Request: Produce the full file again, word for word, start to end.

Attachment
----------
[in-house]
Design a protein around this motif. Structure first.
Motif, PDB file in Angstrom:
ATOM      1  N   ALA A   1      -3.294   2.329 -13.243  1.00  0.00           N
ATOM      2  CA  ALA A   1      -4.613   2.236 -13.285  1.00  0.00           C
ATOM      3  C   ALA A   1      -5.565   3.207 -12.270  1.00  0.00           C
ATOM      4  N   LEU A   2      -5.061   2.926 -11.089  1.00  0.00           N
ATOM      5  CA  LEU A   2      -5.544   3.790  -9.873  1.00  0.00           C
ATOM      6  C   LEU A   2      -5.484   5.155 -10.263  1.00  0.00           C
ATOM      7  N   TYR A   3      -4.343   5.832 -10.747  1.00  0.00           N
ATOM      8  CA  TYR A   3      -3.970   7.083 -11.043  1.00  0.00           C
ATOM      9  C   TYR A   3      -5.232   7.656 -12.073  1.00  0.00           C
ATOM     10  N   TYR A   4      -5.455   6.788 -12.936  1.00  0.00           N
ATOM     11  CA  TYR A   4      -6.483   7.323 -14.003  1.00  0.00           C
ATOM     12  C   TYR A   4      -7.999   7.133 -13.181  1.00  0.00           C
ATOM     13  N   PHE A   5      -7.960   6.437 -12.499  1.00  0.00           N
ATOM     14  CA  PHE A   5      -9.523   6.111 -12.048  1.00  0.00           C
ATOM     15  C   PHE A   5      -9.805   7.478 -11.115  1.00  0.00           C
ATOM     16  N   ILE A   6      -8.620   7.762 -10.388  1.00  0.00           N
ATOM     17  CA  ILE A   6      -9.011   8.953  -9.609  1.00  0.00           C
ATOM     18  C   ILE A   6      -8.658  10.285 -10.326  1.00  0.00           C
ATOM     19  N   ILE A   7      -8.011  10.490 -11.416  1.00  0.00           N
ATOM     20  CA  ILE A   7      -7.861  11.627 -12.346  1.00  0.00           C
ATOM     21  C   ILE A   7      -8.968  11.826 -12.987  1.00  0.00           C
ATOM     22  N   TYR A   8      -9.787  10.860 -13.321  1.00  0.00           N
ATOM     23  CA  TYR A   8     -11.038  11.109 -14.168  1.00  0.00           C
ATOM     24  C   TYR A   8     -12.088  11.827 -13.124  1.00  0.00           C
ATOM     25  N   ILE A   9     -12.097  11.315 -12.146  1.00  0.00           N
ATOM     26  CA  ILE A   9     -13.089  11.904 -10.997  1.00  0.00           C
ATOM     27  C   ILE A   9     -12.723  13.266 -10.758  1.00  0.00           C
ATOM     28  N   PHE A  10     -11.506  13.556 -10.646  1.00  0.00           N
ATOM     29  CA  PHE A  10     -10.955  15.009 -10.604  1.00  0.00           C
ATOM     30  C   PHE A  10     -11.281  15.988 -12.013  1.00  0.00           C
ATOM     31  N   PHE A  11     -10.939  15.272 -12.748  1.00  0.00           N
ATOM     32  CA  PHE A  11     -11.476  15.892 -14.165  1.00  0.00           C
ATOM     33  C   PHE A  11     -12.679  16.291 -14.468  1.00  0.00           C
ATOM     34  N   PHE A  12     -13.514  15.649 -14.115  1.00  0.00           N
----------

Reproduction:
[in-house]
Design a protein around this motif. Structure first.
Motif, PDB file in Angstrom:
ATOM      1  N   ALA A   1      -3.294   2.329 -13.243  1.00  0.00           N
ATOM      2  CA  ALA A   1      -4.613   2.236 -13.285  1.00  0.00           C
ATOM      3  C   ALA A   1      -5.565   3.207 -12.270  1.00  0.00           C
ATOM      4  N   LEU A   2      -5.061   2.926 -11.089  1.00  0.00           N
ATOM      5  CA  LEU A   2      -5.544   3.790  -9.873  1.00  0.00           C
ATOM      6  C   LEU A   2      -5.484   5.155 -10.263  1.00  0.00           C
ATOM      7  N   TYR A   3      -4.343   5.832 -10.747  1.00  0.00           N
ATOM      8  CA  TYR A   3      -3.970   7.083 -11.043  1.00  0.00           C
ATOM      9  C   TYR A   3      -5.232   7.656 -12.073  1.00  0.00           C
ATOM     10  N   TYR A   4      -5.455   6.788 -12.936  1.00  0.00           N
ATOM     11  CA  TYR A   4      -6.483   7.323 -14.003  1.00  0.00           C
ATOM     12  C   TYR A   4      -7.999   7.133 -13.181  1.00  0.00           C
ATOM     13  N   PHE A   5      -7.960   6.437 -12.499  1.00  0.00           N
ATOM     14  CA  PHE A   5      -9.523   6.111 -12.048  1.00  0.00           C
ATOM     15  C   PHE A   5      -9.805   7.478 -11.115  1.00  0.00           C
ATOM     16  N   ILE A   6      -8.620   7.762 -10.388  1.00  0.00           N
ATOM     17  CA  ILE A   6      -9.011   8.953  -9.609  1.00  0.00           C
ATOM     18  C   ILE A   6      -8.658  10.285 -10.326  1.00  0.00           C
ATOM     19  N   ILE A   7      -8.011  10.490 -11.416  1.00  0.00           N
ATOM     20  CA  ILE A   7      -7.861  11.627 -12.346  1.00  0.00           C
ATOM     21  C   ILE A   7      -8.968  11.826 -12.987  1.00  0.00           C
ATOM     22  N   TYR A   8      -9.787  10.860 -13.321  1.00  0.00           N
ATOM     23  CA  TYR A   8     -11.038  11.109 -14.168  1.00  0.00           C
ATOM     24  C   TYR A   8     -12.088  11.827 -13.124  1.00  0.00           C
ATOM     25  N   ILE A   9     -12.097  11.315 -12.146  1.00  0.00           N
ATOM     26  CA  ILE A   9     -13.089  11.904 -10.997  1.00  0.00           C
ATOM     27  C   ILE A   9     -12.723  13.266 -10.758  1.00  0.00           C
ATOM     28  N   PHE A  10     -11.506  13.556 -10.646  1.00  0.00           N
ATOM     29  CA  PHE A  10     -10.955  15.009 -10.604  1.00  0.00           C
ATOM     30  C   PHE A  10     -11.281  15.988 -12.013  1.00  0.00           C
ATOM     31  N   PHE A  11     -10.939  15.272 -12.748  1.00  0.00           N
ATOM     32  CA  PHE A  11     -11.476  15.892 -14.165  1.00  0.00           C
ATOM     33  C   PHE A  11     -12.679  16.291 -14.468  1.00  0.00           C
ATOM     34  N   PHE A  12     -13.514  15.649 -14.115  1.00  0.00           N